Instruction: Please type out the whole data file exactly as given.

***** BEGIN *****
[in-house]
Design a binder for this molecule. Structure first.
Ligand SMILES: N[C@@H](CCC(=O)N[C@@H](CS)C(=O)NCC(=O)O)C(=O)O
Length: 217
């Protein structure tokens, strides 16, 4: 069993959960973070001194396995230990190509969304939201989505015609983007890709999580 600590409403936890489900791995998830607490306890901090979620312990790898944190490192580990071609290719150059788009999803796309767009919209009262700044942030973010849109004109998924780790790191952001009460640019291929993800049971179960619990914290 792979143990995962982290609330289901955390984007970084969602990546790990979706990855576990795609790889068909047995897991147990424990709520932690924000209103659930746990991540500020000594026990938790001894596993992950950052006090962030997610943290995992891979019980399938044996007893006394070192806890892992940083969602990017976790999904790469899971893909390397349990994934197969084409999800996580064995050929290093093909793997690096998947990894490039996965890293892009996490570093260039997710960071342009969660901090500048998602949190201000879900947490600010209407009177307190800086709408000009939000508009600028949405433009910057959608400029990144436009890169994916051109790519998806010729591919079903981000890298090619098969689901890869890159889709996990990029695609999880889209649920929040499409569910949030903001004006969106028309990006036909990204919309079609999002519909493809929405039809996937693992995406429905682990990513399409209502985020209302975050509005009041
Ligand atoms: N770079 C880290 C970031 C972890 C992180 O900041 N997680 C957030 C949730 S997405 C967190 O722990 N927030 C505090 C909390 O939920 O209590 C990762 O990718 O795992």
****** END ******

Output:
[in-house]
Design a binder for this molecule. Structure first.
Ligand SMILES: N[C@@H](CCC(=O)N[C@@H](CS)C(=O)NCC(=O)O)C(=O)O
Length: 217
């Protein structure tokens, strides 16, 4: 069993959960973070001194396995230990190509969304939201989505015609983007890709999580 600590409403936890489900791995998830607490306890901090979620312990790898944190490192580990071609290719150059788009999803796309767009919209009262700044942030973010849109004109998924780790790191952001009460640019291929993800049971179960619990914290 792979143990995962982290609330289901955390984007970084969602990546790990979706990855576990795609790889068909047995897991147990424990709520932690924000209103659930746990991540500020000594026990938790001894596993992950950052006090962030997610943290995992891979019980399938044996007893006394070192806890892992940083969602990017976790999904790469899971893909390397349990994934197969084409999800996580064995050929290093093909793997690096998947990894490039996965890293892009996490570093260039997710960071342009969660901090500048998602949190201000879900947490600010209407009177307190800086709408000009939000508009600028949405433009910057959608400029990144436009890169994916051109790519998806010729591919079903981000890298090619098969689901890869890159889709996990990029695609999880889209649920929040499409569910949030903001004006969106028309990006036909990204919309079609999002519909493809929405039809996937693992995406429905682990990513399409209502985020209302975050509005009041
Ligand atoms: N770079 C880290 C970031 C972890 C992180 O900041 N997680 C957030 C949730 S997405 C967190 O722990 N927030 C505090 C909390 O939920 O209590 C990762 O990718 O795992």